Figure 1. Comparison of biosolids handling costs before and after PFAS concerns by end-use method.
Based on the data provided, the average management cost across the facilities surveyed increased by approximately 72% in response to PFAS regulations. These regulations varied in nature from those directly impacting biosolids, to others regulating ground water and inadvertently impacting biosolids land application programs. Some facilities have seen an increase greater than 300%. Overall, the impact to each facility varies depending on the type of management and geographic location of the facility, among other contributing factors. However, Figure 1 presents clear evidence of significant cost impacts for biosolids management related to the promulgation of PFAS policies and regulations.
Figure 2 presents the same data from Figure 1 with an emphasis on state-by-state impacts. In grouping the facilities by state, it becomes clear that some states’ PFAS responses have caused significant impacts on solids management costs while others have not.
Figure 2. Comparison of average biosolids handling cost before and after PFAS concerns by state.
On the federal level, final regulations have not been promulgated for PFAS in biosolids. The state-specific regulations and guidelines that have been proposed or enacted involve various concentration limits of different PFAS compounds in drinking water, groundwater, and in a few cases, surface water. Only Maine has imposed a limit on three PFAS in biosolids, and no state has imposed wastewater effluent standards. Nonetheless, the very low regulatory standards for waters that several states have adopted are causing wastewater and biosolids management programs significant cost impacts.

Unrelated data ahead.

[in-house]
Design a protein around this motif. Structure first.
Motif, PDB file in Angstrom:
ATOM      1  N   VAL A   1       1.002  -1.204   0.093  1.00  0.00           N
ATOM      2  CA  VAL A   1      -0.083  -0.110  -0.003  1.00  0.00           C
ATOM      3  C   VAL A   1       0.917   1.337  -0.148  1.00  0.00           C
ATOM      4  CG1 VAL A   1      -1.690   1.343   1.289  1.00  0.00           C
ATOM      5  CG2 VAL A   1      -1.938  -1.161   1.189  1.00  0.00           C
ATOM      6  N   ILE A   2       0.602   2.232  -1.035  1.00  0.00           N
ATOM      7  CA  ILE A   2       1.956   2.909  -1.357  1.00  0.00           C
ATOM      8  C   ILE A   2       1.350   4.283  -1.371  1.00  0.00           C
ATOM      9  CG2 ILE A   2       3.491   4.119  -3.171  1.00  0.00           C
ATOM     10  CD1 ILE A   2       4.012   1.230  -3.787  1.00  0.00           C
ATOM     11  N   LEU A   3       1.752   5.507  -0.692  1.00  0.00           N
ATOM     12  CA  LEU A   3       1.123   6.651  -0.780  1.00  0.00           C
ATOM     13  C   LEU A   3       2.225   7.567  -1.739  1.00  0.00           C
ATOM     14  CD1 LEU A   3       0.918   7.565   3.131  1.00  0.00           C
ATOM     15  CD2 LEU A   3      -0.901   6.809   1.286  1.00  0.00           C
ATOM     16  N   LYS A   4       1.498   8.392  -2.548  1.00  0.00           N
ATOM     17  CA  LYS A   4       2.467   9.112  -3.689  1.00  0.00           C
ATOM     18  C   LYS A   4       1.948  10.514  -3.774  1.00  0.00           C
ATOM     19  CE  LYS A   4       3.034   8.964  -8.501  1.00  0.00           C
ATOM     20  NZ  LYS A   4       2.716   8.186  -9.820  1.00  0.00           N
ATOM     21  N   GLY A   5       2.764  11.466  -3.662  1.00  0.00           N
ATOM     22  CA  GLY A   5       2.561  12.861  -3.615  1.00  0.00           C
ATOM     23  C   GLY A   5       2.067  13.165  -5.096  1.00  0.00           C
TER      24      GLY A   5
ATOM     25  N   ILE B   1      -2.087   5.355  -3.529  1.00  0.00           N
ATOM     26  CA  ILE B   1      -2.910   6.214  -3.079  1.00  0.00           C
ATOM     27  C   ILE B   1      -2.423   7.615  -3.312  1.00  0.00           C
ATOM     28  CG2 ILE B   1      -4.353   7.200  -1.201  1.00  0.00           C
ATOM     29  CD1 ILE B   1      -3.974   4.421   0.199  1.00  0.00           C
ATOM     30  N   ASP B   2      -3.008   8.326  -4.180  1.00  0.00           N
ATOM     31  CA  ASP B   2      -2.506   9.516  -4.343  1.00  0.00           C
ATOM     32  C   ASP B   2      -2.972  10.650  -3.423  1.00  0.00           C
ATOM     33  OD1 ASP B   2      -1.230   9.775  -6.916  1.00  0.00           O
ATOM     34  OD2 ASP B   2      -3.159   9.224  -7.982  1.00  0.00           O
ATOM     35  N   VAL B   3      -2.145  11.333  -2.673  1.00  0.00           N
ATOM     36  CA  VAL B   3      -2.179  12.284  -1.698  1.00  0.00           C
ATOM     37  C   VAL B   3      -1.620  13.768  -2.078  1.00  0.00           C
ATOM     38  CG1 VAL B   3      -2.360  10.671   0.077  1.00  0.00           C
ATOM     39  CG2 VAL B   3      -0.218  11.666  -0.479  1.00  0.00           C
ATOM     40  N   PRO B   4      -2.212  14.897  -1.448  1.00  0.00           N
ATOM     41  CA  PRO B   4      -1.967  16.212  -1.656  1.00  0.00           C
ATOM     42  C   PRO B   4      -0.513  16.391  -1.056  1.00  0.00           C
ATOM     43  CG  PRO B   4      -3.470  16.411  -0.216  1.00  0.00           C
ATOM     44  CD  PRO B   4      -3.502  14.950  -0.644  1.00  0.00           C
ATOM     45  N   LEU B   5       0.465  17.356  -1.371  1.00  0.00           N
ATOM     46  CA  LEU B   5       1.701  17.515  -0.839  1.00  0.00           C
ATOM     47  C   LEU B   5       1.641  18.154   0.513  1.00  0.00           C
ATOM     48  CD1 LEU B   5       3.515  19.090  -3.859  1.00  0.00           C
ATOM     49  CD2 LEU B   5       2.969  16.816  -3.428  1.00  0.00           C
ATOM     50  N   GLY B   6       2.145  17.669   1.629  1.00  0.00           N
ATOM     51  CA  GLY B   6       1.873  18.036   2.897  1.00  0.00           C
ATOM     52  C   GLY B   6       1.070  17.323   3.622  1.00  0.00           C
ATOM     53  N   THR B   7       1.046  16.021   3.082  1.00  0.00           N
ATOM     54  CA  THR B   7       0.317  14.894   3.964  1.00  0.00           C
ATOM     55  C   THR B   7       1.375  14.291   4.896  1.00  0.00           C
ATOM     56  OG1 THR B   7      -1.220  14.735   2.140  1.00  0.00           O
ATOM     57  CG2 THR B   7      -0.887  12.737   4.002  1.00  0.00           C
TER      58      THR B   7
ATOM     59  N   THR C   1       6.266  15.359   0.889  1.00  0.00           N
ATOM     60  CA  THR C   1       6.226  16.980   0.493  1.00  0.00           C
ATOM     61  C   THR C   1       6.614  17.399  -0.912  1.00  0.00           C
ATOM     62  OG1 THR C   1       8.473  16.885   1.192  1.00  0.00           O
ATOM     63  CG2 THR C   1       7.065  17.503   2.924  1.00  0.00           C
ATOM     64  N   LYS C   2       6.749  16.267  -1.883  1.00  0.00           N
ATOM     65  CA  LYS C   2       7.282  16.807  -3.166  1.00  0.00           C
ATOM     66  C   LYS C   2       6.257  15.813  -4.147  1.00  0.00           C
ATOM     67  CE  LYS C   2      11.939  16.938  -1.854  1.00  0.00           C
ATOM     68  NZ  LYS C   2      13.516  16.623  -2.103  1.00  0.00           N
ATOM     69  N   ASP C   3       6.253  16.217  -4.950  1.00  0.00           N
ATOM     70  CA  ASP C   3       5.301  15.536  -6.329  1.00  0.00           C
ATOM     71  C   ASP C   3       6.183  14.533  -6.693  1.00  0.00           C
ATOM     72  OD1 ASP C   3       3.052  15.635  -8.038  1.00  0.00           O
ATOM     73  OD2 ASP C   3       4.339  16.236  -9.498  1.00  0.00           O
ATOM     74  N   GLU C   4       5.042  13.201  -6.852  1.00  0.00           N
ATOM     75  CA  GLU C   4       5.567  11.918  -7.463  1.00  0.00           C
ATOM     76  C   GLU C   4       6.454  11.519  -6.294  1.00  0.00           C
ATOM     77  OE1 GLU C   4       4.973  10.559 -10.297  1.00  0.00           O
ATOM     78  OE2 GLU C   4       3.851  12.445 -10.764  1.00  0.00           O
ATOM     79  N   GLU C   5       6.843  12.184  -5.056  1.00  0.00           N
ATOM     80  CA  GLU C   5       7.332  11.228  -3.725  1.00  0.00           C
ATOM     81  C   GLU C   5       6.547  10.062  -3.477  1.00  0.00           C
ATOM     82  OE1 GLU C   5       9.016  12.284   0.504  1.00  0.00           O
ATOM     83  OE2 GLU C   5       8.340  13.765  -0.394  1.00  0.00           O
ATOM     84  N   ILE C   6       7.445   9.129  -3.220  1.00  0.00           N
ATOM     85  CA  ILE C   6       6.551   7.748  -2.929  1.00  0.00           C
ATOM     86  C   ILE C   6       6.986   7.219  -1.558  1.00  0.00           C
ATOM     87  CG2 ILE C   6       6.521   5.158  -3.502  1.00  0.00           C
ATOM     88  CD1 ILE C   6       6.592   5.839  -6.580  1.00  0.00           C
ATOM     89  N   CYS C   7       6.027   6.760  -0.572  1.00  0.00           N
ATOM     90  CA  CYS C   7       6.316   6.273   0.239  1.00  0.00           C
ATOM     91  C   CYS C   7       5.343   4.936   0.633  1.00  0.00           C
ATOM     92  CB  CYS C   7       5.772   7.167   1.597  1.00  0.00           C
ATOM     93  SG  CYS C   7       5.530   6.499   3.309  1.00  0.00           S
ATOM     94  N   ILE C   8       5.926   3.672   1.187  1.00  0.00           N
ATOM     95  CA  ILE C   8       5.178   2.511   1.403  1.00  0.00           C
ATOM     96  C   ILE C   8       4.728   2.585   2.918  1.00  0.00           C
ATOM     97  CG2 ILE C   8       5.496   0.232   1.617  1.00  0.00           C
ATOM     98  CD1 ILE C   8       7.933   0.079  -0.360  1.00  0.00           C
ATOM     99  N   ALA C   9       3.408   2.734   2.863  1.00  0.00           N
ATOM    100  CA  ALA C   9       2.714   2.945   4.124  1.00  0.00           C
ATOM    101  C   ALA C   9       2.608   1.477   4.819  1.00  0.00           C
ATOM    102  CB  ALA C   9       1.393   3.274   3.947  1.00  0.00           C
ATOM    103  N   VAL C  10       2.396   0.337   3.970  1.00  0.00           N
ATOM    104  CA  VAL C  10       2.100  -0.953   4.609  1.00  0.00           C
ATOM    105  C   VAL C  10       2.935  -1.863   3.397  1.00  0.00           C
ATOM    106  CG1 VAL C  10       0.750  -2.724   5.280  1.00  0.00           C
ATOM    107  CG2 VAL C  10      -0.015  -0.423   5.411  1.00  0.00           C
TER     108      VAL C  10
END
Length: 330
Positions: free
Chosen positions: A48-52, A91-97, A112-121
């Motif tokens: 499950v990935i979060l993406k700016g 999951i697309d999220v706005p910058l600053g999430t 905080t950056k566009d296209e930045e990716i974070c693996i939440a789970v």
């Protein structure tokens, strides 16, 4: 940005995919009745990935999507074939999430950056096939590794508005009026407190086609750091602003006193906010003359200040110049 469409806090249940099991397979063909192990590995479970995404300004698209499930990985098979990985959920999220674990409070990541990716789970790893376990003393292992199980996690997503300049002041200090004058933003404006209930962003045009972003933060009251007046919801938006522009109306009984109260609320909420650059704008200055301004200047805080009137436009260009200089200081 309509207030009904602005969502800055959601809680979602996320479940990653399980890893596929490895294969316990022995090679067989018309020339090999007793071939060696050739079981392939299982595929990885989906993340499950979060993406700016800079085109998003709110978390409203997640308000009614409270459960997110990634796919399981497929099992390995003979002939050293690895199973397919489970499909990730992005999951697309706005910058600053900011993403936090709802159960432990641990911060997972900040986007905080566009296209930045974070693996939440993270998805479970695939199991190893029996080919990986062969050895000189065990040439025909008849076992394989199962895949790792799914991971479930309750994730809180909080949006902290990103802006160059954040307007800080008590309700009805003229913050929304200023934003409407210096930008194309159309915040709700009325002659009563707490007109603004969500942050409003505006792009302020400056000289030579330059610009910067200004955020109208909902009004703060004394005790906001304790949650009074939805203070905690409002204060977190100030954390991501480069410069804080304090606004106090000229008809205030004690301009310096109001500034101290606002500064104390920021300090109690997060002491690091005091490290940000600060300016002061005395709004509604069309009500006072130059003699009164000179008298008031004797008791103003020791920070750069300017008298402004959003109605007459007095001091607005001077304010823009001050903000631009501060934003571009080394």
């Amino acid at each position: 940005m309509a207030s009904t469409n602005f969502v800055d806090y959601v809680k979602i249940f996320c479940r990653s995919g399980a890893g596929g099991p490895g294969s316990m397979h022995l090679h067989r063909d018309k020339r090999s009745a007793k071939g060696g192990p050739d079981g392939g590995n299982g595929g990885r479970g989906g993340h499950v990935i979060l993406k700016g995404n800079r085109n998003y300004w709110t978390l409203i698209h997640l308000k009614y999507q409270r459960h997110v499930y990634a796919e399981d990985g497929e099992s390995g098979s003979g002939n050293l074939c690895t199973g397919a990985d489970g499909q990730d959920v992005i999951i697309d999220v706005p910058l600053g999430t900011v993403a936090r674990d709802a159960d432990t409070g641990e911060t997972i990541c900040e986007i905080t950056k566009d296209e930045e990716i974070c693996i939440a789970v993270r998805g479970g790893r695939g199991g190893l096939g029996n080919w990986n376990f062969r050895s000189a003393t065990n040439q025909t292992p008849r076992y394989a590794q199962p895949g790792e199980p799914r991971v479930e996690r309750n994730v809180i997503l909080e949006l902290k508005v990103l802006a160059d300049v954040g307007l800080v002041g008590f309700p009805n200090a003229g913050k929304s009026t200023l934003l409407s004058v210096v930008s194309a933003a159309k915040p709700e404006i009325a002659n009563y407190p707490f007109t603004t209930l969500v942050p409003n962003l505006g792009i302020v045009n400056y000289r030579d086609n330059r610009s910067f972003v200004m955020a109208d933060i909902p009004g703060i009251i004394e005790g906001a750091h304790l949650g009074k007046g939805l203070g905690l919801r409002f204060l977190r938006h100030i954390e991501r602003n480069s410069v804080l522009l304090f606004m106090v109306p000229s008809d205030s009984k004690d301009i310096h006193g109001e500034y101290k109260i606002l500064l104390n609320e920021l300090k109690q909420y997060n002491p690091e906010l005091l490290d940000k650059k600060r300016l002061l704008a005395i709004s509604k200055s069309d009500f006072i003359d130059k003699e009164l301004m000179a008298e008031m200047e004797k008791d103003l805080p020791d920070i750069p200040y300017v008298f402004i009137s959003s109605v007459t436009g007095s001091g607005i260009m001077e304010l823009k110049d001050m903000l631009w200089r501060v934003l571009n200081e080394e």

In the absence of national regulatory standards, individual states are taking action, so the future of PFAS standards is unclear – and varied. WRRFs and biosolids management programs are being forced to take into consideration current and/or anticipated state PFAS regulations which is why some states having already experienced a significant cost impact while others have not. The unintended consequences of proactively addressing PFAS with water quality standard include these increases in wastewater solids management costs. As states continue to set regulatory limits for PFAS, the wastewater and biosolids management markets will continue to assess the risks and liabilities around their programs. Regulating PFAS at stringent levels – even within waters - has consequences and will continue to significantly disrupt markets if WRRFs and other receivers of PFAS aren’t provided additional management, compliance, or treatment options and funding for transitioning to managing materials for PFAS.
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Supported by the staff of The Engineering Center Education Trust